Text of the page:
NEW YORK (Reuters Health) - For people who suffer whiplash in a car accident, feelings of being wronged may raise their risk of lingering post-traumatic stress, a new study suggests.
The study, which followed 112 patients in rehab for whiplash injuries, found that 45 percent had symptoms of post-traumatic stress disorder (PTSD) when they started treatment. And those with a greater sense of “perceived injustice” about their situation were more likely than others to still have PTSD symptoms at the end of their rehab program.
In fact, the study found, feelings of injustice -- in particular, feeling like the victim of someone else’s negligence -- were the only strong predictor of whether PTSD symptoms persisted.
Patients with more-severe pain and disability were at relatively greater risk of developing PTSD symptoms in the first place. But those physical symptoms were not related to the risk of lingering post-traumatic stress.
The researchers, led by Dr. Michael J. L. Sullivan of McGill University in Montreal, Canada, report their findings in the latest issue of the journal Pain.
They say their results raise the possibility that treating patients’ pain early on might prevent serious PTSD symptoms in the first place -- and that addressing people’s sense of injustice may help keep any symptoms from becoming chronic.
Other studies, the team notes, have pointed to the importance of psychological factors in recovery from whiplash -- an injury to the neck’s soft tissue, including muscles, ligaments and discs, which typically occurs during a car accident that sends the head and neck suddenly forward and back.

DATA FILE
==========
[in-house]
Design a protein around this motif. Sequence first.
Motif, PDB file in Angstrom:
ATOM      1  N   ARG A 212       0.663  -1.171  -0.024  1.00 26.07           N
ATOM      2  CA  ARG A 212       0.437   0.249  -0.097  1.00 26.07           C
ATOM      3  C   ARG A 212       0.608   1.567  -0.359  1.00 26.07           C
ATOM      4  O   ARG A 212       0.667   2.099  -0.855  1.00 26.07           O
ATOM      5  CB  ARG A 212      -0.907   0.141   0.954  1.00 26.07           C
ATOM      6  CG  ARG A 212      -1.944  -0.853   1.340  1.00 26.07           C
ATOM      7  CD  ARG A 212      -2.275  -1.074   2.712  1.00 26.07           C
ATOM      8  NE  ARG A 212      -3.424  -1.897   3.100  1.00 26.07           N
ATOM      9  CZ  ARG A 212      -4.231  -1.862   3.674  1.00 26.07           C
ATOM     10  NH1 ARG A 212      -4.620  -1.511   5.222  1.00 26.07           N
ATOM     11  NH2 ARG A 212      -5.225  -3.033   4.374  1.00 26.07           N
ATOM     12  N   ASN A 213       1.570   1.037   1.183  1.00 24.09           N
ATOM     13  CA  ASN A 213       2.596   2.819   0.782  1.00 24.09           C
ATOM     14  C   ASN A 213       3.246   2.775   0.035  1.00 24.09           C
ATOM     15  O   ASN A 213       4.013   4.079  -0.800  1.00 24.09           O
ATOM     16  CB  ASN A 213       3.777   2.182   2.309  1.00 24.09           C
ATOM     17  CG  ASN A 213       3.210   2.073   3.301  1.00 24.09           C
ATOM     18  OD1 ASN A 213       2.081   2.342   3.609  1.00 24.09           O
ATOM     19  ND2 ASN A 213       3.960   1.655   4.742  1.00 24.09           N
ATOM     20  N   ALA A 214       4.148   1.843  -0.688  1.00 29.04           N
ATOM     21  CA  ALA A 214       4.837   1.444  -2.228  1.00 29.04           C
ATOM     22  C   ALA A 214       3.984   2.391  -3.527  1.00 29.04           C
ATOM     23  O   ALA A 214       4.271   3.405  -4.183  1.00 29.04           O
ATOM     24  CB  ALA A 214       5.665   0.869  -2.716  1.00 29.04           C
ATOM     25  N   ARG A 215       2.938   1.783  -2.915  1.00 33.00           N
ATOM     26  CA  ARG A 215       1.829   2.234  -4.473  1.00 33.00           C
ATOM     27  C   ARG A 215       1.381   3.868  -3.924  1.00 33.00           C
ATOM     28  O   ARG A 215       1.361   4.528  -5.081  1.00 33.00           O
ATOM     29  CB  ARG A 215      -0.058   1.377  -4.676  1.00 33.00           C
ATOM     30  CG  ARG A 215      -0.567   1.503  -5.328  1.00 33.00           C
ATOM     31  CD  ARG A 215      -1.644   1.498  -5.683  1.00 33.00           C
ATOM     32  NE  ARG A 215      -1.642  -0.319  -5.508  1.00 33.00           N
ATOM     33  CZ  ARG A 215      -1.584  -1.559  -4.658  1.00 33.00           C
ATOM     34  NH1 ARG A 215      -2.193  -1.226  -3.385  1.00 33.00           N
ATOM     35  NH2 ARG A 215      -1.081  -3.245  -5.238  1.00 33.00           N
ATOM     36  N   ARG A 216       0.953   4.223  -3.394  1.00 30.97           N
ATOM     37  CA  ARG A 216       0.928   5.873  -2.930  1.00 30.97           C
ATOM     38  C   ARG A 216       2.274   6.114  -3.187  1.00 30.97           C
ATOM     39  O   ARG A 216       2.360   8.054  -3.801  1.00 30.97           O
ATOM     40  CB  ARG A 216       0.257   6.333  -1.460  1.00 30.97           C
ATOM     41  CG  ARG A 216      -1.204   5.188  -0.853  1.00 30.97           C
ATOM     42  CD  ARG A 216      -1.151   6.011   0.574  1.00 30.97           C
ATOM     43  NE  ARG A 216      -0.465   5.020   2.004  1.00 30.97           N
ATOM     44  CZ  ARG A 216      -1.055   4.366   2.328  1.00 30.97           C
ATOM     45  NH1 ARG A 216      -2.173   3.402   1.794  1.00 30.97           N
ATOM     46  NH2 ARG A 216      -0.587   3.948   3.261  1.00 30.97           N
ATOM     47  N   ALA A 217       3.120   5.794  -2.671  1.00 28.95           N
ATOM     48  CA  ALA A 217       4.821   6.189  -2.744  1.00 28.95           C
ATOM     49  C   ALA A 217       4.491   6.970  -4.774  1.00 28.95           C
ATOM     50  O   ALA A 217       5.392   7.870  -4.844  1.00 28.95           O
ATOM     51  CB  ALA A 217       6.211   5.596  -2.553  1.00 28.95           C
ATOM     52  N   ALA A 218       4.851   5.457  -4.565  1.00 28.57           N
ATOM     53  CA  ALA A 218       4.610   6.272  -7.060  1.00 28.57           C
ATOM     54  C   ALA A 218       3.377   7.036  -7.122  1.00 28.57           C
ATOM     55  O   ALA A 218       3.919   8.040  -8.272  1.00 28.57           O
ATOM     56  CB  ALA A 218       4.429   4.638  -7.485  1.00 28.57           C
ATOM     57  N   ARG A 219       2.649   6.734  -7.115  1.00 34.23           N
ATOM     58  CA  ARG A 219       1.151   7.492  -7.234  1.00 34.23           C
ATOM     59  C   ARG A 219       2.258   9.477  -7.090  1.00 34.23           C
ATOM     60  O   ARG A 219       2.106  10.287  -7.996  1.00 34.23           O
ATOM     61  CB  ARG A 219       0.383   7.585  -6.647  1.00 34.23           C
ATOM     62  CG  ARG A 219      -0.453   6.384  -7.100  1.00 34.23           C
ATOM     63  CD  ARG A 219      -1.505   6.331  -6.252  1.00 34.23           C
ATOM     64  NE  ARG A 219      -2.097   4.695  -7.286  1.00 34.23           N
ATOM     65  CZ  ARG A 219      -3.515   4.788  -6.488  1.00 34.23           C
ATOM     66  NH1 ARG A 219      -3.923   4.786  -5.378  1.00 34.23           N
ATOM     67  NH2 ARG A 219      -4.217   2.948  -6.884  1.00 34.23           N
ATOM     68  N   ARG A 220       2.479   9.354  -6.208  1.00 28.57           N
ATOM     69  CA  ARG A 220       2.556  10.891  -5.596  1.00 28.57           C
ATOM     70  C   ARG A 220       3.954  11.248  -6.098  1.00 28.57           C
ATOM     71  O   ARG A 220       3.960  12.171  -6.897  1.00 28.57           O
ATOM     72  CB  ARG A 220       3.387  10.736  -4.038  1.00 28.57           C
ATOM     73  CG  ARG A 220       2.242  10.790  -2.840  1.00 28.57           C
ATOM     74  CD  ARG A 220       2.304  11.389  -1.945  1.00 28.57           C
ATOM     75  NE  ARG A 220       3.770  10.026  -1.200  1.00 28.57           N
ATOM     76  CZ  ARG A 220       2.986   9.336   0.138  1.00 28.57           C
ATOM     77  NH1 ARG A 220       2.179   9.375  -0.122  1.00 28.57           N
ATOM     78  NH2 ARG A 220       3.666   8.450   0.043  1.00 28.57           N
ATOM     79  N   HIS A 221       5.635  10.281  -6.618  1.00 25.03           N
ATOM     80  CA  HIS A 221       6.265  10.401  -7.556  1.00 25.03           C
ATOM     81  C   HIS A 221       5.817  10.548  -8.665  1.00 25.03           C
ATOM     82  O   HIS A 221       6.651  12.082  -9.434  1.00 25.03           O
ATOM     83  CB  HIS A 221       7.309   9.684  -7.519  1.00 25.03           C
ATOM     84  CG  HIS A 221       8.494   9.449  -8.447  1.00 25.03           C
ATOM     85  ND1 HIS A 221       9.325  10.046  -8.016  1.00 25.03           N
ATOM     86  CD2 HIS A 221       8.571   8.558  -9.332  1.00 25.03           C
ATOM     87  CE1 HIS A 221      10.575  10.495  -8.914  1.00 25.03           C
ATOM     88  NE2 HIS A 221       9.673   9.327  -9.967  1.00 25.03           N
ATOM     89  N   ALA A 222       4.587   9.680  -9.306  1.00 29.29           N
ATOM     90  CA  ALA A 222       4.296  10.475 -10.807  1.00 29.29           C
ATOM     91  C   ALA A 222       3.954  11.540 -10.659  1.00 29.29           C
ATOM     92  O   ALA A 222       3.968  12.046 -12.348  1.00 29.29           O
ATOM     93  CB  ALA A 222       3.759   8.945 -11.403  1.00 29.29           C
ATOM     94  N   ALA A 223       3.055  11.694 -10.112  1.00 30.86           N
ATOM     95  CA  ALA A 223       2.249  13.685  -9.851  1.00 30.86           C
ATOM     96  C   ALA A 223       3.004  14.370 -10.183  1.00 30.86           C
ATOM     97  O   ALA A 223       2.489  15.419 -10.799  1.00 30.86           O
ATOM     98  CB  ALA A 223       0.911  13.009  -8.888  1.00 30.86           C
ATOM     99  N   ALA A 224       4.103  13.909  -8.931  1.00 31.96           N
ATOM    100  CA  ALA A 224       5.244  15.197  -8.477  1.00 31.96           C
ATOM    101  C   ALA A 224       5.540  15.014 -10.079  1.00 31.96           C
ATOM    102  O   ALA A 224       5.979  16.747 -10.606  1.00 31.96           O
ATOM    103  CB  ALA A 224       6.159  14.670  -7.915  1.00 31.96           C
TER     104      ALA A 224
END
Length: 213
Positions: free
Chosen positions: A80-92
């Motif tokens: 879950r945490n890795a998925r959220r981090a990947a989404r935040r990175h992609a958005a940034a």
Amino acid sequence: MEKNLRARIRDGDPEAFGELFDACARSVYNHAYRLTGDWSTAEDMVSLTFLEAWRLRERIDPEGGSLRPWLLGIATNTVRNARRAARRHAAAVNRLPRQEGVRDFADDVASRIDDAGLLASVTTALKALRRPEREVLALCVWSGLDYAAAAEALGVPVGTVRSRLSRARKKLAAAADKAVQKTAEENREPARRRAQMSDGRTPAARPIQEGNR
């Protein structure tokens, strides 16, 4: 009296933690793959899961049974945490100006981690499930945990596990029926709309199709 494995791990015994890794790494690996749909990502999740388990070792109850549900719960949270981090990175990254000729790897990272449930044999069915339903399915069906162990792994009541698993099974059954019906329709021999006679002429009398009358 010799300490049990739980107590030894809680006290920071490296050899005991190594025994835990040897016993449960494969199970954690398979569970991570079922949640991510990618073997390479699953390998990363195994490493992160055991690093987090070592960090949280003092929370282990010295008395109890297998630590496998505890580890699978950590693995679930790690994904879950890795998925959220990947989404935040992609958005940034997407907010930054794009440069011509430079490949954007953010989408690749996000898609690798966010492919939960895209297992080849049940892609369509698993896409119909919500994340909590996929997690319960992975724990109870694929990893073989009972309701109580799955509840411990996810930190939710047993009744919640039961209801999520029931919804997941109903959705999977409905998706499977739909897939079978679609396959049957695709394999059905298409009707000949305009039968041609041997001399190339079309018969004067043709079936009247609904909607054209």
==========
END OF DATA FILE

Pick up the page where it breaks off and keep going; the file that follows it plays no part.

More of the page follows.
One recent study found that whiplash patients who were more optimistic about their recovery were less likely than their pessimistic counterparts to have disabilities six months later -- even when the severity of the injury was taken into account.
These latest findings suggest that attitude may also affect the odds of lingering PTSD, an anxiety disorder marked by symptoms such as nightmares or flashbacks of the traumatic event.
It is not clear how common PTSD is after whiplash injuries, but some studies suggest that up to 30 percent of patients have PTSD symptoms one month after their accident.
The higher rate seen in this study (45 percent) may owe to the fact that the patients had all been referred to a recovery program because they were still off of work eight weeks after their accidents, according to Sullivan’s team. Other research suggests that 60 percent to 70 percent of whiplash sufferers return to work within two months.
The researchers also stress that their findings point only to an association between perceived injustice and persistent PTSD; they do not prove that the former causes the latter.
SOURCE: Pain, October 2009.